WHAT: Global GreaseWHY:
EUROTRASH GIRL: Kim Sorise, already well known as one-half of the Dirty Soul Party duo at Red Lounge, now spins on Fridays at North End Bar. Her Global Grease is a melange of Eurotrash pop, Afrobeat rhythms and several styles in between. (photo by brian bohannon)
To open your ears to world music while chilling sufficiently.WHERE:
North End Bar (1722 Frankfort Ave.)WHEN:
Every Friday from 10 p.m.-2 a.m. INFO:
Some things are conspicuous when they’re absent. Hitting a few bars on a week/files/storyimages/night almost overwhelmingly means you will be subjected to music played at volumes loud enough to sterilize small children, not to mention that talking with your friends, and more crucially, placing drink orders, requires frequent shouting.
“So what’s the downside?” you ask. Nothing, except that sometimes, change is good and almost always, less is more. A fine way to experience great music, expand your cultural horizons and still be able to hear yourself think is to pay a visit to the North End Bar on Friday for a night of Global Grease, a melange of Eurotrash pop, Afrobeat rhythms and several styles in between.
Global Grease is helmed by Kim Sorise, she of Dirty Soul Party renown, who draws upon her exquisite taste and vast collection of world music and thrift store lounge-vinyl to offer up an alternative to the typical Friday night outing, and the North End Bar, which opened last month as an adjunct to the North End Cafe, and is becoming a target destination for scenesters, young professionals, DINKs and the all-important service industry crowd.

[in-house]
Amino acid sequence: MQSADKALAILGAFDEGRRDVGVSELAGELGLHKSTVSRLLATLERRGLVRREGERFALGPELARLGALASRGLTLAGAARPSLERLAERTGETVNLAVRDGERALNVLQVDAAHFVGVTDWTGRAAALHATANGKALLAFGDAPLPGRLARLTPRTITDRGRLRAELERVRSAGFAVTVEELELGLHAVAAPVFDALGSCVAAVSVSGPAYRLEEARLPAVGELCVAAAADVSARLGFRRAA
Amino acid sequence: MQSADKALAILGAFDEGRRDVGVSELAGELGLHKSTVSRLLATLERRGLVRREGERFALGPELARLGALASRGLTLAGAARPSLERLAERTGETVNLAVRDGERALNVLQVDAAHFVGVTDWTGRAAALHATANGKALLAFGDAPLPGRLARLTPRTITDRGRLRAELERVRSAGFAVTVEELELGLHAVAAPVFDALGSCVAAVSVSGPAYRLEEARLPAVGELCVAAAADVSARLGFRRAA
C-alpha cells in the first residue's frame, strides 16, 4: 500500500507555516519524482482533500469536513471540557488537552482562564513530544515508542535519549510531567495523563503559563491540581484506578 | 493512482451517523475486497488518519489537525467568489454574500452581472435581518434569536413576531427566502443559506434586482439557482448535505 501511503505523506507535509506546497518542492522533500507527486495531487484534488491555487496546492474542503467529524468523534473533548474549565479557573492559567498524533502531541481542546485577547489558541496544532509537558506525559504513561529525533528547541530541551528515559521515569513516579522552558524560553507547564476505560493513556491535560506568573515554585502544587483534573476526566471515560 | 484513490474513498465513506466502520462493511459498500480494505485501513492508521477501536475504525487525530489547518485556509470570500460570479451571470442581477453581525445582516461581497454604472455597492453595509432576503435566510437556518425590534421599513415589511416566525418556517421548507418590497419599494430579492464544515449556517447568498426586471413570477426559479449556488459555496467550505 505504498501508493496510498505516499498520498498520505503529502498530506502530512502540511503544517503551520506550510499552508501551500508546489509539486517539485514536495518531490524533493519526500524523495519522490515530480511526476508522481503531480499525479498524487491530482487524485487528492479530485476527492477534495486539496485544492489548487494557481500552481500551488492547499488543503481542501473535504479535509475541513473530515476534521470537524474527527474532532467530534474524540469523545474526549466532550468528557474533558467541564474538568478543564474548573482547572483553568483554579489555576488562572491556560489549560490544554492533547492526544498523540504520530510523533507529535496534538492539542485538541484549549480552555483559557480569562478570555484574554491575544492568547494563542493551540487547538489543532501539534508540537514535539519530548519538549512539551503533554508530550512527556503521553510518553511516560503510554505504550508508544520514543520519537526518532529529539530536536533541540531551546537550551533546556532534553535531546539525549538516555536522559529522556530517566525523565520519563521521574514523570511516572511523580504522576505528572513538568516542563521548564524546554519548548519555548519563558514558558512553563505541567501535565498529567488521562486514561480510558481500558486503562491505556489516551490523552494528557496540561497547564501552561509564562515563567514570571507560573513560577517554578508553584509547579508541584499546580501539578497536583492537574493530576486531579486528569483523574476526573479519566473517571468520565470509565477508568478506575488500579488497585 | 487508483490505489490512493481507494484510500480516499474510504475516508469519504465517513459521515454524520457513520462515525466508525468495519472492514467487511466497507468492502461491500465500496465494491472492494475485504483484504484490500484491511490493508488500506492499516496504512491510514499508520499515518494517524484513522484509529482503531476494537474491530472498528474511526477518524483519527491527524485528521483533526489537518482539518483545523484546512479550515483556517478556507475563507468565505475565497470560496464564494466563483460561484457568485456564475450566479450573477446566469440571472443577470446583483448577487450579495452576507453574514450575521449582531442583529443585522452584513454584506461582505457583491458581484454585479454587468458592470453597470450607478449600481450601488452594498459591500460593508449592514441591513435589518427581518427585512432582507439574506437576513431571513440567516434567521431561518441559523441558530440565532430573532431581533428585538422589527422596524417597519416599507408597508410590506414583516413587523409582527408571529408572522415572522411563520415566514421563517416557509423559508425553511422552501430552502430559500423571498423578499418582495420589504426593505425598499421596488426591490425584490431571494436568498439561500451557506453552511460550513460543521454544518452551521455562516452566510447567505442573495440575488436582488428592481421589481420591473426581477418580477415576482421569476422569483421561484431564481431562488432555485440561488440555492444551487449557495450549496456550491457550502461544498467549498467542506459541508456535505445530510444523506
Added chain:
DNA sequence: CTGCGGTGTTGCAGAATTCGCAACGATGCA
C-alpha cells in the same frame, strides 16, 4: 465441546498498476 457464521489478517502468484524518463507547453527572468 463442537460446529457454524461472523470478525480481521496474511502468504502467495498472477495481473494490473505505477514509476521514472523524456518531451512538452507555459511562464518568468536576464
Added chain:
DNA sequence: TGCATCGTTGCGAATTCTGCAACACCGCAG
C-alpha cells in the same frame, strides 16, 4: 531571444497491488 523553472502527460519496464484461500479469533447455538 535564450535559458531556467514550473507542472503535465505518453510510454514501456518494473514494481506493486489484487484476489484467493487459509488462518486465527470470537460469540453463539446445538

“Kim Sorise has turned me on to more cool music than anyone I’ve ever known,” volunteers Scott Mullins, but as he’s Sorise’s partner-in-crime for Dirty Soul, he’s not the most objective source.
“I was looking to play music that was a little more atmospheric,” Sorise says. “Doing the Dirty Soul Party with Scott, we kind of created an event, and this was more an opportunity for me to be able to create an atmosphere for people where it wasn’t quite so loud, but I still think that it’s varied enough where people don’t quite know what to expect.”
That atmosphere is ably assisted by the venue itself. The North End Bar is an elegant room with loft-style architecture and clean, modern design that complements the audio experience and vice versa — an aesthetic match made in hipster heaven.
“Most of the stuff I play is from the ’60s and ’70s,” Sorise says. “I’m playing some Serge Gainsbourg and the ladies he performed with — Jane Birkin, Brigitte Bardot — and then I’m also playing Brazilian artists: some early Gal Costa, Milton Nascimento, early Caetano Veloso, stuff like that, also throwing in a lot of Italian cinematic music like Ennio Morricone and Piero Umiliani. And then I try and mix in, on occasion, Fela Kuti and Ethiopian stuff from the early ’70s. Every so often I’ll try to mix in some newer world pieces that I think will also represent the same kind of mood.”
North End Cafe recently unveiled the North End Bar, where it’s actually possible to converse and listen to music at the same time. (photo by brian bohannon)
Says bar manager Jacqui Van Ham: “As much as we are fans of loud music and all that kind of good stuff, we just wanted to be able to create a space where you could go and have that good music, but still be able to hear yourself speak and be able to relax and enjoy a glass of wine with a friend.”
Last Friday, Sarah Voyles and Gerald Kelly, both from New Albany, stopped in for an order of Global Grease. “It’s good to see that local businesses want to support local music, especially with Kim Sorise, because she’s such a talent in our area,” Voyles says. “I was determined to hear what she was spinning, especially since she’s playing other rare stuff. The funk and soul she spins at the Red Lounge is just amazing, and I think that’s great that she has even more stuff she can play.”
“I think the response has been relatively good so far,” Sorise adds. “It’s still a relatively new thing. A lot of folks are really happy with the space. I think the North End created a beautiful space, so it’s nice to play music that goes with the space. I’ve gotten a lot of really good compliments. It’s not your typical bar music.”